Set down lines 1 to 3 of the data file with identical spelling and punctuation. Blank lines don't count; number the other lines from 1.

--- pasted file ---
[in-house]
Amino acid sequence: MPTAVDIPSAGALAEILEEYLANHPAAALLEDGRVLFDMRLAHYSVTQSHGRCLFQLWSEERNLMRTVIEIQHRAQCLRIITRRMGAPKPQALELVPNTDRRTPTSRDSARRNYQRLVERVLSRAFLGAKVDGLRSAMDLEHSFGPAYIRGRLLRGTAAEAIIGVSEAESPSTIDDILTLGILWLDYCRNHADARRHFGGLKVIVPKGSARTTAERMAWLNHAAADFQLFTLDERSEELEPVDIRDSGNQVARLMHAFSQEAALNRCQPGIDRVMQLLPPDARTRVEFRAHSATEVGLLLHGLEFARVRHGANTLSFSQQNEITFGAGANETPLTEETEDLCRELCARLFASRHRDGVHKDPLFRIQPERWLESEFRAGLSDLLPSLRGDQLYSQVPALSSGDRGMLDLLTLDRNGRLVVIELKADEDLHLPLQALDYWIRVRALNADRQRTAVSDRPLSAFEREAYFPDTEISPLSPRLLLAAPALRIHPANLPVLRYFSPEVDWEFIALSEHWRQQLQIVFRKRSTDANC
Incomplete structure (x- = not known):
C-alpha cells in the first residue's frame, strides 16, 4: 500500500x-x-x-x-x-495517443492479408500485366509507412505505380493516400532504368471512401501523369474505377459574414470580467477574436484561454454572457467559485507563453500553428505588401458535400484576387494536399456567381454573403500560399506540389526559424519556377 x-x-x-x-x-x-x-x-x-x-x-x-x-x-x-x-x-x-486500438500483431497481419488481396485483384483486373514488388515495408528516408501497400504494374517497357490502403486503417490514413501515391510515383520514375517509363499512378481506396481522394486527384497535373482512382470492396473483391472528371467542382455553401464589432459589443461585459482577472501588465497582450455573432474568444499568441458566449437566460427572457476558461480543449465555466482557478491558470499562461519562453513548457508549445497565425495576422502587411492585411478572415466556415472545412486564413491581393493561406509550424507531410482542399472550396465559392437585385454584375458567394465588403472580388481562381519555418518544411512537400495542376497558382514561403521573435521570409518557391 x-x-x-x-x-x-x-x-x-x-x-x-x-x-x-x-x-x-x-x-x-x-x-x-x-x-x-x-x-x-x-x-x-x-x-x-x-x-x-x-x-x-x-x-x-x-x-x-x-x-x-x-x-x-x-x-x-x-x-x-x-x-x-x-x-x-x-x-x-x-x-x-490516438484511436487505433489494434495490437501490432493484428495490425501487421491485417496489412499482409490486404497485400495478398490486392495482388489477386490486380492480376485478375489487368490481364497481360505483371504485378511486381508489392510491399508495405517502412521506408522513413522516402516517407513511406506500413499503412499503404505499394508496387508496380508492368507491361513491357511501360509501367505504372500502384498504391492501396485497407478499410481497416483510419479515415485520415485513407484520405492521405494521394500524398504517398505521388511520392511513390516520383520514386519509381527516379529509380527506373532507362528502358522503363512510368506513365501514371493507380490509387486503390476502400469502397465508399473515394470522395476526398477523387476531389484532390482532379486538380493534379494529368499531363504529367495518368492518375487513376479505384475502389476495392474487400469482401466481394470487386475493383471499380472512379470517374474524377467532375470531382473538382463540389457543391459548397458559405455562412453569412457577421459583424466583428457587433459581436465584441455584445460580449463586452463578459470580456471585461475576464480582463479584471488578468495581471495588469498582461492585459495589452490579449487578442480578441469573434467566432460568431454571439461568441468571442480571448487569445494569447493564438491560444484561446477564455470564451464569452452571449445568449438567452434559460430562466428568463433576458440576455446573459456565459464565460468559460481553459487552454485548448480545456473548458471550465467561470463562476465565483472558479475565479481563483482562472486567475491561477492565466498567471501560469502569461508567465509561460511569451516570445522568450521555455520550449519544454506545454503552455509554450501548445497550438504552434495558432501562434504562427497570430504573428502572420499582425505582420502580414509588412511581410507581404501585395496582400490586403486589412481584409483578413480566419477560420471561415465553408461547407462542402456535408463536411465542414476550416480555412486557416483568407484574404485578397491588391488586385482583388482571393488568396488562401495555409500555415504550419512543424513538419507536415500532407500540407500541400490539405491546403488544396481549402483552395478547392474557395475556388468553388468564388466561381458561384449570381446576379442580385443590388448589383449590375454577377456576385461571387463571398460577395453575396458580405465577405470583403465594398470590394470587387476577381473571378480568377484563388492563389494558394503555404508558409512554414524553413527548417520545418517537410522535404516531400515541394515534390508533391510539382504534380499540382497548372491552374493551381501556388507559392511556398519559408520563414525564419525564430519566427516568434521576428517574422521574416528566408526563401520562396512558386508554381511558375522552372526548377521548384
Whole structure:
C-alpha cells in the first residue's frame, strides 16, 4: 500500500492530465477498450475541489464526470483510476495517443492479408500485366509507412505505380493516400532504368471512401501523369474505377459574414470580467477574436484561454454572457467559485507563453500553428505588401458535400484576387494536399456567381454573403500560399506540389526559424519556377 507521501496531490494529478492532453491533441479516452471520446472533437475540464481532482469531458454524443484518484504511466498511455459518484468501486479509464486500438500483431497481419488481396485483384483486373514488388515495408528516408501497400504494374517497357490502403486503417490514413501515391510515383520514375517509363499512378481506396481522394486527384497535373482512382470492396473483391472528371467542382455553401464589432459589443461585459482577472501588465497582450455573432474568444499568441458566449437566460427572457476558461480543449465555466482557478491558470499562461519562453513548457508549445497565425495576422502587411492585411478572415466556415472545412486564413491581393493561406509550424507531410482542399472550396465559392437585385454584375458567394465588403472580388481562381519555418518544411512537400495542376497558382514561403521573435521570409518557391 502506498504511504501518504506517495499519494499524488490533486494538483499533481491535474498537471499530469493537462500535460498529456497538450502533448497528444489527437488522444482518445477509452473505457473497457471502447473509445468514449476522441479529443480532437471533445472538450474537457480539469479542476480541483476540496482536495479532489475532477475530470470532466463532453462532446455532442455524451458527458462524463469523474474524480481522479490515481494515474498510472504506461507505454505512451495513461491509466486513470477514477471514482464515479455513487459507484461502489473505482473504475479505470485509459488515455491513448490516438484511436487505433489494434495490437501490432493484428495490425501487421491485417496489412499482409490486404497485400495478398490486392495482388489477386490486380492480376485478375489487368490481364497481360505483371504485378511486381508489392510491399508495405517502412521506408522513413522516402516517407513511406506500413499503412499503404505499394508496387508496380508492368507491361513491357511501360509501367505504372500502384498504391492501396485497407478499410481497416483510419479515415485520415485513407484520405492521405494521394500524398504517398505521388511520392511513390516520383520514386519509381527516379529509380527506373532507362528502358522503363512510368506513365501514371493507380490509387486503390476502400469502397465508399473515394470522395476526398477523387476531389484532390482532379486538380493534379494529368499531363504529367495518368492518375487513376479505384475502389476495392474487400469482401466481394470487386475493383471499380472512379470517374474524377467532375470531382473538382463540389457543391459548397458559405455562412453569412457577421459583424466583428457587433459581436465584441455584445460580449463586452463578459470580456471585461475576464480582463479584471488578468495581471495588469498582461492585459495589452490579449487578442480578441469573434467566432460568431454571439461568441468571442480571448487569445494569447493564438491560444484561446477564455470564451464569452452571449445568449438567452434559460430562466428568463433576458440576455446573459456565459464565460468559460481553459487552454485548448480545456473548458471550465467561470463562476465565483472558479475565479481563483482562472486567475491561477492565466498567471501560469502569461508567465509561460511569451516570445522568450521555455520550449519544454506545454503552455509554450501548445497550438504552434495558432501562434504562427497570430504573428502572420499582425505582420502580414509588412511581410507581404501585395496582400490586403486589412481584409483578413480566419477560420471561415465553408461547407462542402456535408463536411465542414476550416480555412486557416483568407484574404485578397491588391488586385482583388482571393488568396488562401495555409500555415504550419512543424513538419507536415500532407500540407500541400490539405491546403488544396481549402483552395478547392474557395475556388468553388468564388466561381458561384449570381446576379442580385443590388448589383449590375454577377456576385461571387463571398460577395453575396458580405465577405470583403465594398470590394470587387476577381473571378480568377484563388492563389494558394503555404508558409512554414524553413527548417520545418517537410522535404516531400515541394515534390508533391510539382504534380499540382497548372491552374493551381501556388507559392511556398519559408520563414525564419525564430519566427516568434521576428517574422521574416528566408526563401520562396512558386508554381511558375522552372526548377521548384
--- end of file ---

[in-house]
Amino acid sequence: MPTAVDIPSAGALAEILEEYLANHPAAALLEDGRVLFDMRLAHYSVTQSHGRCLFQLWSEERNLMRTVIEIQHRAQCLRIITRRMGAPKPQALELVPNTDRRTPTSRDSARRNYQRLVERVLSRAFLGAKVDGLRSAMDLEHSFGPAYIRGRLLRGTAAEAIIGVSEAESPSTIDDILTLGILWLDYCRNHADARRHFGGLKVIVPKGSARTTAERMAWLNHAAADFQLFTLDERSEELEPVDIRDSGNQVARLMHAFSQEAALNRCQPGIDRVMQLLPPDARTRVEFRAHSATEVGLLLHGLEFARVRHGANTLSFSQQNEITFGAGANETPLTEETEDLCRELCARLFASRHRDGVHKDPLFRIQPERWLESEFRAGLSDLLPSLRGDQLYSQVPALSSGDRGMLDLLTLDRNGRLVVIELKADEDLHLPLQALDYWIRVRALNADRQRTAVSDRPLSAFEREAYFPDTEISPLSPRLLLAAPALRIHPANLPVLRYFSPEVDWEFIALSEHWRQQLQIVFRKRSTDANC
Incomplete structure (x- = not known):